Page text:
Mary C. Nasser makes maps in mixed media with authentic features, paints and dream worlds. I met her several years ago at Art Every Day Month and loved her maps at first sight so I followed her career with interest and admiration. Since then she has had her work in art galleries and exhibitions. Today I interview her about her creative space.
PS: I´m so glad she brought Bruno along!
1) The day you stepped into your creative space for the first time, did you already know how you wanted your studio to look like or did the design evolve from the actual space?
In addition to having converted an extra bedroom into a studio in my home, I’ve been fortunate enough to have experienced eight artist-in-residence programs. And whether it was setting up my studio in my home for the first time or on the Big Island of Hawaii for a 2-week residency or in a National Park for an extended period of time, I love large areas of flat space – long tables – the more, the better! I love natural light, too! A comfy chair on wheels helps. And music, too. I’ve always got books in my studio also – mostly old atlases and vintage geography textbooks – for inspiration and to collage into my mixed-media paintings. And Bruno gets a comfy pet-bed in my studio at home as a reward for keeping me good company while I paint!
2) After the work is done, do you clean up after each piece, after each day or whenever you can´t find the table anymore?
I think the only thing I clean after each painting session are my brushes! And even yesterday, I forgot to do that! I work best when my work and supplies are covering my tables and are visible to me. If something’s put away, out of sight, I tend not to use it.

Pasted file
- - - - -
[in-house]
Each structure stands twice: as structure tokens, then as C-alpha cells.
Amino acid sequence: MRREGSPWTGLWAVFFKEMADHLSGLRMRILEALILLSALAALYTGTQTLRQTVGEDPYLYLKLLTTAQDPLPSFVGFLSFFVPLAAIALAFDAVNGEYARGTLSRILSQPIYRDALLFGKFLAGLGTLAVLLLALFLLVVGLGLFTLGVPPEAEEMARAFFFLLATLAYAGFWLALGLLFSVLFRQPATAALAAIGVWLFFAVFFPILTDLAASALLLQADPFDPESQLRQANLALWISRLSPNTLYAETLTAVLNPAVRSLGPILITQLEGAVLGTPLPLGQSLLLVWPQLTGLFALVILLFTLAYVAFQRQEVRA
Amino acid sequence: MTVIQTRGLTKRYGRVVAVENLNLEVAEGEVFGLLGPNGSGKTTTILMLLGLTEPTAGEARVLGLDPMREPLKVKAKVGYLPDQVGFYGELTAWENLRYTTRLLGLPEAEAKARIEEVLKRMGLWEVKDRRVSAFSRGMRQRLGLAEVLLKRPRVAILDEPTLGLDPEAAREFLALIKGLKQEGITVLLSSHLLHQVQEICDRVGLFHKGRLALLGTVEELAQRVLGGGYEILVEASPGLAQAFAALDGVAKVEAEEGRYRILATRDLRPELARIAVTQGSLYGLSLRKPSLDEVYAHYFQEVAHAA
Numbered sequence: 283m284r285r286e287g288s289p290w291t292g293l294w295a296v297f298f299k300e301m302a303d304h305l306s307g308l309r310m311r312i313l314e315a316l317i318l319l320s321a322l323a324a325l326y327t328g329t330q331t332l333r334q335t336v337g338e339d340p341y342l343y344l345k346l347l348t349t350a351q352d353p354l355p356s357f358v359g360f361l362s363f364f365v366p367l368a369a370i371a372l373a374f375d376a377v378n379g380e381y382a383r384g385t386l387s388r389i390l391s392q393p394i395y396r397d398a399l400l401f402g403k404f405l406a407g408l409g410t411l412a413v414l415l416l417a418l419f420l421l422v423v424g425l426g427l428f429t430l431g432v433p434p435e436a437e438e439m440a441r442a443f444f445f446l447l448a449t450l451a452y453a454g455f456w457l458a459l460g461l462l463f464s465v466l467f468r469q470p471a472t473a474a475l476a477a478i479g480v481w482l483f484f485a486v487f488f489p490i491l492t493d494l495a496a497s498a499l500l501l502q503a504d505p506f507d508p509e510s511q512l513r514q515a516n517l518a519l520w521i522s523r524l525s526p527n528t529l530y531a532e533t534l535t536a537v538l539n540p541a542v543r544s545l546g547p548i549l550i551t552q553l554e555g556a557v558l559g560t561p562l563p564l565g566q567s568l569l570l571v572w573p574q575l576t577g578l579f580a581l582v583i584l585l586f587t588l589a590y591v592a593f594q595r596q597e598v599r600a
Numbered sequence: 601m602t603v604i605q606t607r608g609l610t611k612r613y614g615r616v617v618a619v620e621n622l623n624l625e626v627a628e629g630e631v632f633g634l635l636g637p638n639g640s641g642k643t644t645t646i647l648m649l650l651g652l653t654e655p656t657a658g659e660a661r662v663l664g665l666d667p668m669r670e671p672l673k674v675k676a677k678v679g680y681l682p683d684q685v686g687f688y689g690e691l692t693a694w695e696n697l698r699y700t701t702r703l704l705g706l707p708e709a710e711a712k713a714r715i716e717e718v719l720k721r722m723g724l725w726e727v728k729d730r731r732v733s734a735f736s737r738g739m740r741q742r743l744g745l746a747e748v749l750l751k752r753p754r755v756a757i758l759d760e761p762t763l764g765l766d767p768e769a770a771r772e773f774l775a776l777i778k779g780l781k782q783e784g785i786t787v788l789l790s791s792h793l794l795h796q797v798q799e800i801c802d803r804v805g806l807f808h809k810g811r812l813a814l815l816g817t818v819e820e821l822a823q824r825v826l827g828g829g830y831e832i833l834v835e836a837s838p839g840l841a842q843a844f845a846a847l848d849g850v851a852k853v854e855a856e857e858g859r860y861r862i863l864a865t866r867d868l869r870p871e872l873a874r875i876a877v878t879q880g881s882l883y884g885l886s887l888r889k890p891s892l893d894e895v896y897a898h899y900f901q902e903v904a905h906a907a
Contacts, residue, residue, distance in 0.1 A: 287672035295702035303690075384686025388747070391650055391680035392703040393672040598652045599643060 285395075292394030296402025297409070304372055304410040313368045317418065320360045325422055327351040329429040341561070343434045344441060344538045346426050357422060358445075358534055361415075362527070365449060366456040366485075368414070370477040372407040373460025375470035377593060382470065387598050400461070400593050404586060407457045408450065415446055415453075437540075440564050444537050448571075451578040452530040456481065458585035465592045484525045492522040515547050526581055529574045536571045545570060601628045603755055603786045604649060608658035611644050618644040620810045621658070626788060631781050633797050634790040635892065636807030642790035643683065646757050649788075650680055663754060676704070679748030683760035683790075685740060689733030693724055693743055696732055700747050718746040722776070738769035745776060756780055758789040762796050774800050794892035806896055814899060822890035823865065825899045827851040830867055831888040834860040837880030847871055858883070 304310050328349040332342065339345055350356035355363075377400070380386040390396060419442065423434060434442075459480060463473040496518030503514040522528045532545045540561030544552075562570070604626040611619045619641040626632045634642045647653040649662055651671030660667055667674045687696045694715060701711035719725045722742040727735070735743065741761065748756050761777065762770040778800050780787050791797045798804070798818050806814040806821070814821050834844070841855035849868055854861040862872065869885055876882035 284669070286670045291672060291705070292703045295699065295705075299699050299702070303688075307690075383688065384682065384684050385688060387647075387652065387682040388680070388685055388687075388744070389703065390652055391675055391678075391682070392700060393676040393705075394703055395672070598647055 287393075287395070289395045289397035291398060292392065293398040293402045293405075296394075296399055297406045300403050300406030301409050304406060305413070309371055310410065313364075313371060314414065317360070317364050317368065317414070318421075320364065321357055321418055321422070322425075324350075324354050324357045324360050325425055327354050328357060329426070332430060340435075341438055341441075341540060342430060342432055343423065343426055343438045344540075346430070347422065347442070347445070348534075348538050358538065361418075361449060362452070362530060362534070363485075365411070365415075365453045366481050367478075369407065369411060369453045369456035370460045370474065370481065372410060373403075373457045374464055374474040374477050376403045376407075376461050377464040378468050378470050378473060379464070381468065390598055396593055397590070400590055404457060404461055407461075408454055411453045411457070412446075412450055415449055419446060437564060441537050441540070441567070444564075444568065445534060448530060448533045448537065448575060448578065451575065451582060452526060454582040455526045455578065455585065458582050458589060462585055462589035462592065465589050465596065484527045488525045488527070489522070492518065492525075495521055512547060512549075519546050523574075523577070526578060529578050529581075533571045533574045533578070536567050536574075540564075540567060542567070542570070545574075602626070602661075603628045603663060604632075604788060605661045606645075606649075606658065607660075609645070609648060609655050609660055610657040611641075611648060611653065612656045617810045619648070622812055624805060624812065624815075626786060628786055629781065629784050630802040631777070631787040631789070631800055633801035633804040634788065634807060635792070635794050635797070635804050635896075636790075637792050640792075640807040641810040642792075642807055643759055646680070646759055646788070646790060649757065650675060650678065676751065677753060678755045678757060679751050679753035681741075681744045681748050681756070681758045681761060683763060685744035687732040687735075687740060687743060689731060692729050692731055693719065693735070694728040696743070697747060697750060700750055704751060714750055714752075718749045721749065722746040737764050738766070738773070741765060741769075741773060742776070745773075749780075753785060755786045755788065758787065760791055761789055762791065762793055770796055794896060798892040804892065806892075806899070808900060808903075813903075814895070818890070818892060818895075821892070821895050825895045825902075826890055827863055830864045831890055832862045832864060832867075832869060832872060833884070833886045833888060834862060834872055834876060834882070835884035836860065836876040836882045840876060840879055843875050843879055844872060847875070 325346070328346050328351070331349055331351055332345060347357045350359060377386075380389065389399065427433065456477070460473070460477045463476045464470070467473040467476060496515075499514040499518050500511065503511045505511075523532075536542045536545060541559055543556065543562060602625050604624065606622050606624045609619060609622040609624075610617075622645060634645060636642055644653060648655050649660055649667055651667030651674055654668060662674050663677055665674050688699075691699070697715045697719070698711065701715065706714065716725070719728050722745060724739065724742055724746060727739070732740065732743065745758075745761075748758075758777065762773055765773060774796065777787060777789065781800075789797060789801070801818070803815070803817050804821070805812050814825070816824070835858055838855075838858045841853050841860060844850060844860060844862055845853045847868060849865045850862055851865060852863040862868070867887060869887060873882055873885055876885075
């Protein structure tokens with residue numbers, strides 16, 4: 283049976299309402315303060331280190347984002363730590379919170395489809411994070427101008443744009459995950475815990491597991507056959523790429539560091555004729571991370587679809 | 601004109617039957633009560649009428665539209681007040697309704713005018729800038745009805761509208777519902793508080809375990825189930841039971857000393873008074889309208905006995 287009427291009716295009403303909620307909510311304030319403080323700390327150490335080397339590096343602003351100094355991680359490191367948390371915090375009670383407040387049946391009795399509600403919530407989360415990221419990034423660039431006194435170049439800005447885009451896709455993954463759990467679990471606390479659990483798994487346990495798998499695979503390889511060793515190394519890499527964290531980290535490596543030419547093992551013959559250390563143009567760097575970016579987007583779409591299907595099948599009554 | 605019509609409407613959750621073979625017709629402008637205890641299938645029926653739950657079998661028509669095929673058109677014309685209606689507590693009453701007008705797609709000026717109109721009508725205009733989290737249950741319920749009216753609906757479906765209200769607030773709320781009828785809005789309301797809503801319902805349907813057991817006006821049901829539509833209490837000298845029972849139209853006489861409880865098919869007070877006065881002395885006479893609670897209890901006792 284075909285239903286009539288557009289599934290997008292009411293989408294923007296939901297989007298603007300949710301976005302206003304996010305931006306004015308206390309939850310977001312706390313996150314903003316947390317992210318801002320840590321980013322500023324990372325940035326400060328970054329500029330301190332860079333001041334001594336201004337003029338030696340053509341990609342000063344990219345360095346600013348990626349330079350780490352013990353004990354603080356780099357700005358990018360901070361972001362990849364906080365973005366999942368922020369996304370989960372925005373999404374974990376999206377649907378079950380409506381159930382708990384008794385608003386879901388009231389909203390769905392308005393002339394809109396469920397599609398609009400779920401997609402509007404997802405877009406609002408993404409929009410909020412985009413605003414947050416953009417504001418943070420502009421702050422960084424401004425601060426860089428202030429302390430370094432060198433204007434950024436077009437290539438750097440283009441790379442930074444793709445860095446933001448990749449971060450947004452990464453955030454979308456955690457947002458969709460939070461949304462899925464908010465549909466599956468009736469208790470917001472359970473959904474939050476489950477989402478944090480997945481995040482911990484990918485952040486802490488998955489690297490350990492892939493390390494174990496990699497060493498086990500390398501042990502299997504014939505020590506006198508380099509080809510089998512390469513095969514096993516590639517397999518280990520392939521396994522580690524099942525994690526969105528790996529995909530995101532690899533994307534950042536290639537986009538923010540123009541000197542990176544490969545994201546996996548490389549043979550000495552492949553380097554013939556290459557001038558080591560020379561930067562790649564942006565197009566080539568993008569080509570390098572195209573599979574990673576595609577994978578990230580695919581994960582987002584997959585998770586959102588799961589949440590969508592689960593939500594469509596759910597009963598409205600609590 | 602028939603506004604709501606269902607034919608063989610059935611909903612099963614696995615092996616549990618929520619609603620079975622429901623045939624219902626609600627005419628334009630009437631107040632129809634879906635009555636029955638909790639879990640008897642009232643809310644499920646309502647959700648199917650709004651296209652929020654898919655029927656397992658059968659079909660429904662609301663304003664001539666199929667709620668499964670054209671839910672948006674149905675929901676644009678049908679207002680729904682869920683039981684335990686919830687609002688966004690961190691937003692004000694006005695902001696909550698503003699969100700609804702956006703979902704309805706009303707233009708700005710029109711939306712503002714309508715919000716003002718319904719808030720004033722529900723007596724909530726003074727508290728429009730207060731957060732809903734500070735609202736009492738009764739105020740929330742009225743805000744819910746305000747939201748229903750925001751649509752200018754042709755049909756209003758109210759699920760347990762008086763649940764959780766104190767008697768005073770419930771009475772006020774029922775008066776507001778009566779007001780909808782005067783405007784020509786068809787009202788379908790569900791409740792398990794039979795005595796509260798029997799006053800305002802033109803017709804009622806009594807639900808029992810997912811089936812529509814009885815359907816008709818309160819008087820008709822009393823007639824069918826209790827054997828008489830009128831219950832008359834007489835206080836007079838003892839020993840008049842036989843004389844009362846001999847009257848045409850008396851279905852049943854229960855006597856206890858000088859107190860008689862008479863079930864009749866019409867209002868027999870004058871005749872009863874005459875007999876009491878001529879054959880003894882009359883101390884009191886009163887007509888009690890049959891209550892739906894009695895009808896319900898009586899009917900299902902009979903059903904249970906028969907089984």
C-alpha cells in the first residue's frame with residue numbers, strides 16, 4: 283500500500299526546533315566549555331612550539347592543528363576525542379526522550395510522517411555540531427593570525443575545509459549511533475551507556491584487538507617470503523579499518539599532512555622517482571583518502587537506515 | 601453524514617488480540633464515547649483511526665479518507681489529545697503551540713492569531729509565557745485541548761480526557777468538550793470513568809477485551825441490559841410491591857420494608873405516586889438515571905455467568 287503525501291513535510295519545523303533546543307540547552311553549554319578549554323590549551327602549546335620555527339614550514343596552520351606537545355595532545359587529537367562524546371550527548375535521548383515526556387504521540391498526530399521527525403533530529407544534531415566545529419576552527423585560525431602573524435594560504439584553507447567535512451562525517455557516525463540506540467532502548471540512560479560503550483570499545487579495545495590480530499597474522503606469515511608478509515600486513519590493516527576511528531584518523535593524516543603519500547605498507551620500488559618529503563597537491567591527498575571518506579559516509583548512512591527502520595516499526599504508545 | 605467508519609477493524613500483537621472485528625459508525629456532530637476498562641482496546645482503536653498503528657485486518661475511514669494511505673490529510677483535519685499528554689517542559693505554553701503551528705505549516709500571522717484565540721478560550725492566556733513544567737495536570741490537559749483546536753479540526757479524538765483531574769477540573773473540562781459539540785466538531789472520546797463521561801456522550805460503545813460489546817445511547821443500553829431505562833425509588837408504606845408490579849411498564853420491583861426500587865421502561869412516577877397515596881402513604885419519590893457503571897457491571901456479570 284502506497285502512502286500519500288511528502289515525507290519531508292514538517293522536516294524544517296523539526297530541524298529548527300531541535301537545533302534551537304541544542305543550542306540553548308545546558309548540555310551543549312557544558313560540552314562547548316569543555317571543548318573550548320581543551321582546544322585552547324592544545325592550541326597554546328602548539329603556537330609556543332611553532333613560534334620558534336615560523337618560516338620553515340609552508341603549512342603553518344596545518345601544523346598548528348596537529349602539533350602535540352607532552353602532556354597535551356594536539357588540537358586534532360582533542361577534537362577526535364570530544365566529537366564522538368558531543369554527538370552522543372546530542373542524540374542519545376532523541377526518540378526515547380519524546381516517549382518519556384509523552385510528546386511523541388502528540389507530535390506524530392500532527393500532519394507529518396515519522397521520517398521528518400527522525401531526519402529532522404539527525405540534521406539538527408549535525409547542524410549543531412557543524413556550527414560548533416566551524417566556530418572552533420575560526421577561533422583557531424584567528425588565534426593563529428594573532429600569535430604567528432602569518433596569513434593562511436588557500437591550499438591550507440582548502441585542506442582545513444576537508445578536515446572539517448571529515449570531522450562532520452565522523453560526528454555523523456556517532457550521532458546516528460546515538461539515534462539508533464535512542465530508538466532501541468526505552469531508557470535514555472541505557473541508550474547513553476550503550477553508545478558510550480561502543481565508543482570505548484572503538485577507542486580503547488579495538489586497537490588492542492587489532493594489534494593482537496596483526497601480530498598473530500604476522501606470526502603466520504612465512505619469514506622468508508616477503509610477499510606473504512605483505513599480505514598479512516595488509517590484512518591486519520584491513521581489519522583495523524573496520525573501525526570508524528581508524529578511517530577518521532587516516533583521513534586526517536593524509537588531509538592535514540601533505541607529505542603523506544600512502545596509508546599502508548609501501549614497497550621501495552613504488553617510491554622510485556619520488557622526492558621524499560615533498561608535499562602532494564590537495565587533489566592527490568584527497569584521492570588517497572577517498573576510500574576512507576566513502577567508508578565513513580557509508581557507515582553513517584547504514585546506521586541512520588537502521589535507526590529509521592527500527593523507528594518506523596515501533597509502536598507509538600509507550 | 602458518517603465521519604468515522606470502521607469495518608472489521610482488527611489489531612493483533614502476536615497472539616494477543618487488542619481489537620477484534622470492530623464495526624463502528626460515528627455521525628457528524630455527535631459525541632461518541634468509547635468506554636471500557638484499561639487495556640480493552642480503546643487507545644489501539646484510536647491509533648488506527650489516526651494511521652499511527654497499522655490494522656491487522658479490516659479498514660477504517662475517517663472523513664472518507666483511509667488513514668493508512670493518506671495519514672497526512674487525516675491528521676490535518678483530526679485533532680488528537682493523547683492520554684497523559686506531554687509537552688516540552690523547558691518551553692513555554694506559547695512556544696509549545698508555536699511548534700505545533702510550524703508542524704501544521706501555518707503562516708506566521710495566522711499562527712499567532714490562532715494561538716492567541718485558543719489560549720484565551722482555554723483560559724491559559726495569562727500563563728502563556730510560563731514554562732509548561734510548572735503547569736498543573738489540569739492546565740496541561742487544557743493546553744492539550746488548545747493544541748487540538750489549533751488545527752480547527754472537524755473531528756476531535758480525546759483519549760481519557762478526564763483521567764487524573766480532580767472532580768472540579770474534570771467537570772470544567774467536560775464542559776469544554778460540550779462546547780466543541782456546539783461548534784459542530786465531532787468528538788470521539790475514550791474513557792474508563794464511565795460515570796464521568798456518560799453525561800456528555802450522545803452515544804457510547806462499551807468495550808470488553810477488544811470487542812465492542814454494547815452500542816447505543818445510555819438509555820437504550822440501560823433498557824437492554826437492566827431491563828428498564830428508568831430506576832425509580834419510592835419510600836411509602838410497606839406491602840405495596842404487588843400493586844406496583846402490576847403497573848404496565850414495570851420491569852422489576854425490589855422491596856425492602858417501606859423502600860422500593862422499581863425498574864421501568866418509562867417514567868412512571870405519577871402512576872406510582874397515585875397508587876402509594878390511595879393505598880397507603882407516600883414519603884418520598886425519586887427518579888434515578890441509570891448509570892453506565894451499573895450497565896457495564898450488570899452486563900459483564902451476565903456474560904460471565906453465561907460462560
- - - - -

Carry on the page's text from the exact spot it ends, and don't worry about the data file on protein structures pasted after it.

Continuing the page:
Mornings are my best time to create. I like to get up early, have a cup of coffee and make a list of 2-3 art things to do that day. I take my four-year-old puppy on a l-o-n-g walk to wear him out, then paint til lunch. And paint more after lunch until dinner.
Music, definitely. I always work to music. My favorite music to listen to while I create is Van Morrison. He sings about trains and water and healing. His music reaches my soul. His music brings back wonderful memories for me, too – I got to see him in concert in England the summer I studied Art History abroad in London.
4) Which is your next project?
I plan to continue in this map art series, layering vintage maps with acrylic paintings, combining my StencilGirl map stencil designs with the cartographic and text rubberstamps I designed for RubberMoon. I have a solo and two-person show I’m working towards, too. Having goals with deadlines is good for me.